Thro? Hills of Snow, and pitifully bray,
Assaults with Dint of Swords or pointed Spears,
And homeward on his Back the joyful Burthen bears.
The Men to subterranean Caves retire,
Secure from Cold, and crowd the chearful Fire ;
With Trunks of Elms and Oaks the Hearth they load,
Nor tempt th'Inclemency of Heav'n abroad.
Their jovial Nights in Frolicks and in Play
They pass, to drive the tedious Hours away;
And their cold Stomachs with crown'd Goblets chear
Of windy Cyder, or of barmy Beer :
Such are the cold Riphean Race, and such
The Savage Scythian, and unwarlike Dutch;
Where Skins of Beasts the rude Barbarians wear,
The Spoils of Foxes, and the furry Bear.
Then when the fleecy Skies new-cloath the Wood,
(Virg. And Cakes of rustling Ice come rowling down the Flood. Dryd.
When gagg’d with Ice the Waves no longer roar,
But with stiff Arms embrace the silent Shore.
When naked Hills in frozen Armour stand.
Behold yon Mountains hoary Height,
Made higher with new Mounts of Snow ;
Again behold the Winter's Weight
Oppress the lab'ring Woods below
And Streams with icy Fetters bound,
Benumb'd and cramp'd to folid Ground.
With well-heap'd Logs diffolve the Cold,
And feed the genial Heat with Fires;
Produce the Wine, that makes us bold,
And sprightly Wit and Love inspires:
For what hereafter shall becide, :
God, if 'tis worth his Care, provide. Dryd; Her
WISDOM. See Prudence.
Wifdom's too froward to let any find
Trust in himself, or Pleasure in his Mind;
She takes by what she gives ; her Help destroys :
She thakes our Courage, and disturbs our Joys. How. Ind. Quest
Wisdom's an Evenness of Soul,
A steddy Temper which no Cares controul,
No Passions ruffle, no Desires infiame ;
Still constant to it felf, and still the same.
The Wife and Active conquer Difficulties
By daring to attempt them : Sloth and Folly.
Shiver and shrink at Sight of Toil and Hazard,
And make th'Impoflibility they fear. Row. Amb. Stepa.
But Wisdom is to Sloth too great a Slave, Nonę are so busy as the Fool and Knave.
Vain Boast of Wisdom,
That with fantastick Pride, like bufy Children,
Builds Paper-Towns apd Houses, which at once
The Hand of Chance o'erturns, and loosely scatters, Rom. Ank.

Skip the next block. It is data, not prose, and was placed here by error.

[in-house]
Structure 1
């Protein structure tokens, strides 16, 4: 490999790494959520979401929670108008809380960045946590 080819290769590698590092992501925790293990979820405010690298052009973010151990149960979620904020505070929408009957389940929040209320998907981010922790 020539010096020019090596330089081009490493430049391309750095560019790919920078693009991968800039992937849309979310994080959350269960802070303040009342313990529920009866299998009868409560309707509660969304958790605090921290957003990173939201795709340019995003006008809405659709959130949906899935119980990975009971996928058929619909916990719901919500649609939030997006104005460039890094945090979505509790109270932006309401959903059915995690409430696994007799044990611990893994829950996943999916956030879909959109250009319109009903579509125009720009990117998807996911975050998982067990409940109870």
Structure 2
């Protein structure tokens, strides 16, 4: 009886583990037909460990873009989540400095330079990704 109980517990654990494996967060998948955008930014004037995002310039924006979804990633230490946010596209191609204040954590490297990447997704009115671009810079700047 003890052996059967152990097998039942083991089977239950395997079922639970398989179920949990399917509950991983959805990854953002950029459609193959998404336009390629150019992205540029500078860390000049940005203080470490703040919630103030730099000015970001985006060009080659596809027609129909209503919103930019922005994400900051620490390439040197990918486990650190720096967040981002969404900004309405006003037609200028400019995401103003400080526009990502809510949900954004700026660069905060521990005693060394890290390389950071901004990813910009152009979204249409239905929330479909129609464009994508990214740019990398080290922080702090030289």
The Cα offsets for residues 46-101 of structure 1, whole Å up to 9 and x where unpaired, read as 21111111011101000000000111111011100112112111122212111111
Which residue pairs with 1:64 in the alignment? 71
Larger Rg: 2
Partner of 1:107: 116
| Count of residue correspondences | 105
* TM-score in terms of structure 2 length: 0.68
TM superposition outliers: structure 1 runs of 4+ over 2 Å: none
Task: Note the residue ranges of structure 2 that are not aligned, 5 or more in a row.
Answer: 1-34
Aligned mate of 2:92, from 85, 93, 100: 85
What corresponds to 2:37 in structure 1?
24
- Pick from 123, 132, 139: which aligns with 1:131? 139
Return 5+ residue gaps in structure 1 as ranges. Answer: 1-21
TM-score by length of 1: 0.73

WISHES See Content.
Look round the habitable World, how few
Know their own Good, or knowing it, pursue!
How void of Reafon are our Hopes and Fears!
What in the Conduct of our Life appears
So well design'd, so luckily begun,
But when we have our Wilh, we wish undone ?
Whole Houses of their whole Defires poffefs'd,
Are often ruin'd at their own Request.
la Wars and Peace things hurtful we require,
When made obnoxious to our own Desire.
Dryd. Juu. So blind we are, our Wishes are so vain,
(Mode, That what we most desire, proves moft our Pain. Dryd, Mar. Alm.
With Lawrels fome have fatally been crown'd, Some, who the Depths of Eloquence have found, In that unnavigable Stream were drown'd. Some ask for envy'd Pow'r, which publick Hate Purfues, and hurries headlong to their Fate. All with the dire Prerogative to kill; Ev'n they would have the Pow'r, who want the Will. Dryd. Juv.
'Tis plain from hence, that what our Vows requeft, Are hurtful Things, or uselėss at the best.
Dryd. Juv. Such is the gloomy State of Mortals here, We know not what to wish, nor what to fear,
We go astray
In ev'ry Wish, and know not how to pray:
For he, who grasp'd the World's exhausted Store,
Yet never had enough, but with'd for more;
Rais'd a Top-heavy Tow'r of monstrous Height, (Fuv.
Which mould'ring cruth'd him underneath the Weight. Dryd.
What then remains ; are we depriv'd of Will ?
Must we nor wilh, for fear of wishing Ill ?
Receive my Counsel, and securely move :
Intrust thy Fortune to the Pow'ss above ;
Leave them to manage for thee, and to grant
What their unerring
Wisdom sees chee want.
In Goodness as in Greatness they excel ;
Oh! that we lov'd our felves but half so well ! Dryd. fup.
A thousand different Shapes it bears,
Comely in thousand Shapes appears.
'Tis not a Tale, 'tis not a Jeft,
Admir'd with Laughter at a Feast,
Nor florid Talk, which can this Title gain,
The Proofs of Wit for ever must remain.
'Tis not to force some lifeless Verses meet,
With their five gouty Feet;
All ev'ry where, like Man's, must be the Soul,
And Reason the inferiour Pow'rs controul.
Yet ’tis not to adorn and gild each Part;
That shews more Cost than Art:
'Tis not when two like Words make up one Noise,
(Jefts for Dutch Men, and English Boys)
In which who finds out Wit, the same may see
In Anagrams and Acrostick Poetry.
Much less can that have any place,
At which a Virgin hides her Face :
Such Dross the Fire must purge away:
The Author blush, there where the Reader must.
'Tis not such Lines as almost crack the Stage,
When Bajazet begins to rage : Nor a tall Metaphor in the bombast Way, Nor the dry Chips of short-lung'd Seneca :
Nor upon all things to intrude
And force some odd Similitude.
What is it then, which, like the Pow'r divine,
We only can by Negatives define ?
Įn a true Piece of Wit all things must be,
Yes all things there agree: